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Richey looks ahead to "Thorn In My Heart"

Friday, January 11, 2013 – Kim Richey will make her Yep Roc Records label debut April 16 with the release of her seventh studio album,"Thorn In My Heart."

Recorded at Mr. Lemon's Studio in Nashville, "Thorn In My Heart" was produced by Neilson Hubbard (Glen Phillips, Matthew Ryan, The Apache Relay) and features 12 original compositions. The follow-up to 2010's "Wreck Your Wheels," the album features guest appearances from Jason Isbell, Trisha Yearwood, Carl Broemel of My Morning Jacket and Pat Sansone of Wilco.

Richey, a former professional chef, got her first record deal at 37 and has garnered success as a songwriter, co-writing two number one hits; the Grammy-nominated Believe Me Baby I Lied for Trisha Yearwood and Nobody Wins for Radney Foster. Other songwriting contributions include songs for Dixie Chicks, Jim Lauderdale, Brooks & Dunn and Patty Loveless. Her vocals also appear on albums by Ryan Adams and Shawn Colvin.

Her self-titled debut was released in 1995, followed by "Bitter Sweet" (1997), "Glimmer" (1999), "Rise" (2002), "The Collection" (2004/label), "Chinese Boxes" (2007, and "Wreck Your Wheels" (2010).

Songs are:
1. Thorn In My Heart
2. London Town
3. Something More
4. Breakaway Speed
5. Angel's Share
6. Come On
7. Love Is
8. I Will Wait
9. I'm Going Down
10. No Means Yes
11. Take Me To The Other Side
12. Everything's Gonna Be Good

More news for Kim Richey

CD reviews for Kim Richey

Thorn In My Heart CD review - Thorn In My Heart
Kim Richey has certainly secured a reputation as a songwriter's songwriter, co-penning two number one hits: Believe Me, Baby I Lied for Trisha Yearwood and Nobody Wins for Radney Foster. On her follow up to 2010's "Wreck Your Wheels," Richey displays not only her songwriting chops, but also her rich, often soaring, vocals, and her canny ability to capture the vagaries of love, sex, misunderstanding, contempt and disappointment in musical styles ranging from traditional country »»»
Wreck Your Wheels CD review - Wreck Your Wheels
Kim Richey's music is not made for multi-taskers. Sure, you can listen to "Wreck Your Wheels" while washing dishes and talking on the phone, but it just won't be the same. Richey sings softly, but carries a big-hearted message. She can take the simplest stuff of life and build wonderful songs around it. Take Keys, for example. Keys can be used to lock doors and keep people out. But they also allow others in. "Is it too late now to let you in?" Richey asks, over »»»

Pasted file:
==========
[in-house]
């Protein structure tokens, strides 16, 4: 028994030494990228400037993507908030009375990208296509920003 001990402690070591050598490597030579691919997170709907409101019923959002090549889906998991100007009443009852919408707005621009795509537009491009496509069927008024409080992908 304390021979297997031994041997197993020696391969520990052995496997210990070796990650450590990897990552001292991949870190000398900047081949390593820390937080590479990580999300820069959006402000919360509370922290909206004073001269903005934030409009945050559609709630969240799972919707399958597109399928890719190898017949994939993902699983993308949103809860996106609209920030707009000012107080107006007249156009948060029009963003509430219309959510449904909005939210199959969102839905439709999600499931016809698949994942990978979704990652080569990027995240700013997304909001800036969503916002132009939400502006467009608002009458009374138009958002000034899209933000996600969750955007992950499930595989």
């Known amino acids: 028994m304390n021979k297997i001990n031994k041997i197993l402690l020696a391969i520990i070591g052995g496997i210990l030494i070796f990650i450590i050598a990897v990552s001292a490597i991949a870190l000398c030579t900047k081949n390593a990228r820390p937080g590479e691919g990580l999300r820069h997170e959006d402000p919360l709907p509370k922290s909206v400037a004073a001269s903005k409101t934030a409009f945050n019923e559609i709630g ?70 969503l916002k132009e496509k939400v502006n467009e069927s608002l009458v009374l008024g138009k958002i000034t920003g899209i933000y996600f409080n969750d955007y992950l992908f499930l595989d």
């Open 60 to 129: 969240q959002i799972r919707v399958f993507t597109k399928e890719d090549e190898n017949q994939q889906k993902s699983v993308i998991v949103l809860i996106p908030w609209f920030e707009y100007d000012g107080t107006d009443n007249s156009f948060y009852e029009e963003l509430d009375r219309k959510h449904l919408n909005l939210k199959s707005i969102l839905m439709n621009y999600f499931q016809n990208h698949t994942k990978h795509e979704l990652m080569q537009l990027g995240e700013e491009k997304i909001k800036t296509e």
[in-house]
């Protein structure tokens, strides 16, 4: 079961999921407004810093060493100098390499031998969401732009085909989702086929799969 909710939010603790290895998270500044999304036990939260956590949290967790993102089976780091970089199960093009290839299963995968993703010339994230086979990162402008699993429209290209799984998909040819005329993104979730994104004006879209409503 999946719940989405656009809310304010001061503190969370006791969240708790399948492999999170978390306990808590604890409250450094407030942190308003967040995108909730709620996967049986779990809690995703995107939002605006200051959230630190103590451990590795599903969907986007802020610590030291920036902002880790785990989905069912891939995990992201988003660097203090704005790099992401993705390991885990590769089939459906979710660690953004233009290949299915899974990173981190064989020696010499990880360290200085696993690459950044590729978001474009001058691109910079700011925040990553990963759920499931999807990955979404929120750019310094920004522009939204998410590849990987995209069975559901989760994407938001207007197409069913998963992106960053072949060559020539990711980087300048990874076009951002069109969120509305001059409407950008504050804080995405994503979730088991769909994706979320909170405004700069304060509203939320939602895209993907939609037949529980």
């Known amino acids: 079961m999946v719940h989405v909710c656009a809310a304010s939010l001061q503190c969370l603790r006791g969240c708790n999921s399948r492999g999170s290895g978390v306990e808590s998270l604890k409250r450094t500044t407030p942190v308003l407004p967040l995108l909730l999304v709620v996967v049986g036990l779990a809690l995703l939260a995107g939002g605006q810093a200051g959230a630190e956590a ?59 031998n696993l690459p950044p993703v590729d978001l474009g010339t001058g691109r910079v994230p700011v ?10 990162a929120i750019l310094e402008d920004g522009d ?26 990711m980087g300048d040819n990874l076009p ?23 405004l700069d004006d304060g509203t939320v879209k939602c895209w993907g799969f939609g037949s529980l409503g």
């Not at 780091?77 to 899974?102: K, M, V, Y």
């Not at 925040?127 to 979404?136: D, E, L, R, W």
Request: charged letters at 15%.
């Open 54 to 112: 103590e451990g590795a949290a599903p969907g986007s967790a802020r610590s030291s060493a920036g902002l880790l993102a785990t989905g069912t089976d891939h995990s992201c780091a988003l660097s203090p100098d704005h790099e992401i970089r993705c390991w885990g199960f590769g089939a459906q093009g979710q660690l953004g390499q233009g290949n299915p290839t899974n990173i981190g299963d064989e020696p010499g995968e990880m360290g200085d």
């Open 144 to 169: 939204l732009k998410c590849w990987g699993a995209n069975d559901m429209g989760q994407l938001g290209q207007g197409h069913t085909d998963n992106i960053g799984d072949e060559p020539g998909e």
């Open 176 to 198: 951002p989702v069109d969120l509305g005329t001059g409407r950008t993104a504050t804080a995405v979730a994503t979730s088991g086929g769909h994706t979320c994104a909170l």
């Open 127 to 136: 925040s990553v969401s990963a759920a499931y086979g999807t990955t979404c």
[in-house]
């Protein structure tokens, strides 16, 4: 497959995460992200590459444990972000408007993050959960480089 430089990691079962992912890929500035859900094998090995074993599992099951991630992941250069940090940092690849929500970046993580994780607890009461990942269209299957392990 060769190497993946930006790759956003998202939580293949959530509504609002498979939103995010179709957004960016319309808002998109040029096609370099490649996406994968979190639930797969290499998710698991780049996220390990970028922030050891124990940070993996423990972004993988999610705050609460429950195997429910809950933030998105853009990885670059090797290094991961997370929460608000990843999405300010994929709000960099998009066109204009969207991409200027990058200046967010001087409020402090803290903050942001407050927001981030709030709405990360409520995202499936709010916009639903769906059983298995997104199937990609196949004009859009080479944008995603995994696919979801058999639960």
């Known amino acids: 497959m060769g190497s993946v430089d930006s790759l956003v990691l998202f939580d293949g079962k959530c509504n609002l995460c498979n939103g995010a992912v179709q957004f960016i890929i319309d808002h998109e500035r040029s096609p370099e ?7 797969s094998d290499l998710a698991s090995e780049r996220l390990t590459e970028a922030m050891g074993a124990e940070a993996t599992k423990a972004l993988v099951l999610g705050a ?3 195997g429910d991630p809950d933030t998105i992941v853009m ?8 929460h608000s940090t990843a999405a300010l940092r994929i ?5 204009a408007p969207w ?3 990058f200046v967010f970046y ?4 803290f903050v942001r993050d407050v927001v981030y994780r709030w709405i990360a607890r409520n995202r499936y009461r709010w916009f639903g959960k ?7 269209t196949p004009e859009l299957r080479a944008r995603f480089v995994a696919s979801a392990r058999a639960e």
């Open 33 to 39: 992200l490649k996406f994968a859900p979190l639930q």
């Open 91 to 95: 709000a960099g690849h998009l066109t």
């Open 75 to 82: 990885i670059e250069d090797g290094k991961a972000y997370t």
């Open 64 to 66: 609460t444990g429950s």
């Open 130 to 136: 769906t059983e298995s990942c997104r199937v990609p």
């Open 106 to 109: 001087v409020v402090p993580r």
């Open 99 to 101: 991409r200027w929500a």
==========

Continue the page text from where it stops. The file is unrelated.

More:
Chinese Boxes CD review - Chinese Boxes
Once upon a time, Kim Richey smartly combined rock chick instincts with country roots. And she was irresistible. Not to suggest Richey is no longer irresistible, but "Chinese Boxes" doesn't sound at all like the Richey of old. Instead, she's nearly a dead ringer for the soft and melodic Aimee Mann. Recording this disc at Eastcote Studios in West London might have something to do with its distinctly un-Americana sound. But the related fact that Giles Martin (son of George »»»
Editorial: Walking the talk – When names like Hank Williams, Johnny Cash, Waylon and the Hag are invoked, you're talking hard core country. These are the touchstones of country , the guys who made country music what it was and still is (or maybe can be). When these folks would sing about being down-and-out and the rough-and-tumble, they knew of what they were singing about. Fast forward a few years to the country singers of today. »»»
Concert Review: Womack planned a good night – Lee Ann Womack pretty much summed up where she's at these days in concluding her show with Don Williams "Lord I Hope This Day Is Good." The ever-strong voiced country traditionalist sang, "I don't need fortune and I don't need fame" with the concluding line of the stanza asking the Man upstairs to "plan a good day for me.... »»»
Concert Review: Cantrell continues to satisfy – Laura Cantrell may never be a country star. Not at this stage of her career when she's 50, touring here and there and releasing new music every few years or so. But five albums in, Cantrell continues as a warm, enjoyable and worthy purveyor of her brand of country. That would mean going towards a more traditional side, not rushing the songs... »»»
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